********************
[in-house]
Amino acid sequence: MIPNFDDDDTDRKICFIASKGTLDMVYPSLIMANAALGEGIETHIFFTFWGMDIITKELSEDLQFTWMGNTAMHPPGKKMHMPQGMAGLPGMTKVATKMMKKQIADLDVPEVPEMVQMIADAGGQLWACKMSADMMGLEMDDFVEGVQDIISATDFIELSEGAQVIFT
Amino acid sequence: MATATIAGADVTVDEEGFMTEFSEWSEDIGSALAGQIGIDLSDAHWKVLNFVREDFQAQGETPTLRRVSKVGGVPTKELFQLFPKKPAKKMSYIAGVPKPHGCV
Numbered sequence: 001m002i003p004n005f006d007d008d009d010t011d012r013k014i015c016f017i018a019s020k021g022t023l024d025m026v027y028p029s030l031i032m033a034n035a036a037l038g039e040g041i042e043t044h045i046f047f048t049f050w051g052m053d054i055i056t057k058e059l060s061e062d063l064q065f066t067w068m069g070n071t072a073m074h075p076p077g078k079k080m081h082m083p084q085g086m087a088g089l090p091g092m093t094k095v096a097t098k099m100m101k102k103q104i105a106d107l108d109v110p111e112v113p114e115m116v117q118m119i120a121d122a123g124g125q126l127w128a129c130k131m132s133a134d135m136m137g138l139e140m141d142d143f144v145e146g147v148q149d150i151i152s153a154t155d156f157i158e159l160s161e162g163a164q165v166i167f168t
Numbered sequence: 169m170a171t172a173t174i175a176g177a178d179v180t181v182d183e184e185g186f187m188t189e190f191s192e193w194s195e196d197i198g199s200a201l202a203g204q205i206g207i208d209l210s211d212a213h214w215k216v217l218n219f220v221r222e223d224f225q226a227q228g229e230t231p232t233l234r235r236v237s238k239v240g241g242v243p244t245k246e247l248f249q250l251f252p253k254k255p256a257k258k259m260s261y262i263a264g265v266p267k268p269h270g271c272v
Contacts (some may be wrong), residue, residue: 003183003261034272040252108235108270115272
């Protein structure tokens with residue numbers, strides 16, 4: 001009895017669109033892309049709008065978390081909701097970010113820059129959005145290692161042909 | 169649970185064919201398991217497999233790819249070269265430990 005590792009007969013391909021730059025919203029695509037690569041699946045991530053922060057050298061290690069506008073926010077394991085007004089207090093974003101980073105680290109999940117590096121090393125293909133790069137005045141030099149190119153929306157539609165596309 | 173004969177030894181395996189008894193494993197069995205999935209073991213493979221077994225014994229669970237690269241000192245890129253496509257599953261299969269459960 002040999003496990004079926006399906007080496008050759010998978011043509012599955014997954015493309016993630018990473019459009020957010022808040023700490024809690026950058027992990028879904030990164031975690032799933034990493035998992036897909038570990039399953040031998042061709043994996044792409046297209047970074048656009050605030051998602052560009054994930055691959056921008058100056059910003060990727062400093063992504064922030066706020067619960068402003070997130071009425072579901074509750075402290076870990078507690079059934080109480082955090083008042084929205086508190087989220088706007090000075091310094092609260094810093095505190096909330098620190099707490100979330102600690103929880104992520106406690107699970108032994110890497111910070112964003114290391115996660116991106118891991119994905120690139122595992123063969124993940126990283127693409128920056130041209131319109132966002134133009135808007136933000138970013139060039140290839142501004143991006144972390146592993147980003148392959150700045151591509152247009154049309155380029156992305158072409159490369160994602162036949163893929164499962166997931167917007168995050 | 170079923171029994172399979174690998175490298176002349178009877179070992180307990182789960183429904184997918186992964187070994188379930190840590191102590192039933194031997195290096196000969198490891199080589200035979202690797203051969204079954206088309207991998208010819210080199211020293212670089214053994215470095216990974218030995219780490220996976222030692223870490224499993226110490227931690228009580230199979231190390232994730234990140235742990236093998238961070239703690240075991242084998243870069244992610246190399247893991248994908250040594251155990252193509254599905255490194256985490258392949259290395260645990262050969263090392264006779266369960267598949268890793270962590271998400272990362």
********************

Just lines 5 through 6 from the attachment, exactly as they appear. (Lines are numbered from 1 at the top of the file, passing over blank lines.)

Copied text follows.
Numbered sequence: 169m170a171t172a173t174i175a176g177a178d179v180t181v182d183e184e185g186f187m188t189e190f191s192e193w194s195e196d197i198g199s200a201l202a203g204q205i206g207i208d209l210s211d212a213h214w215k216v217l218n219f220v221r222e223d224f225q226a227q228g229e230t231p232t233l234r235r236v237s238k239v240g241g242v243p244t245k246e247l248f249q250l251f252p253k254k255p256a257k258k259m260s261y262i263a264g265v266p267k268p269h270g271c272v
Contacts (some may be wrong), residue, residue: 003183003261034272040252108235108270115272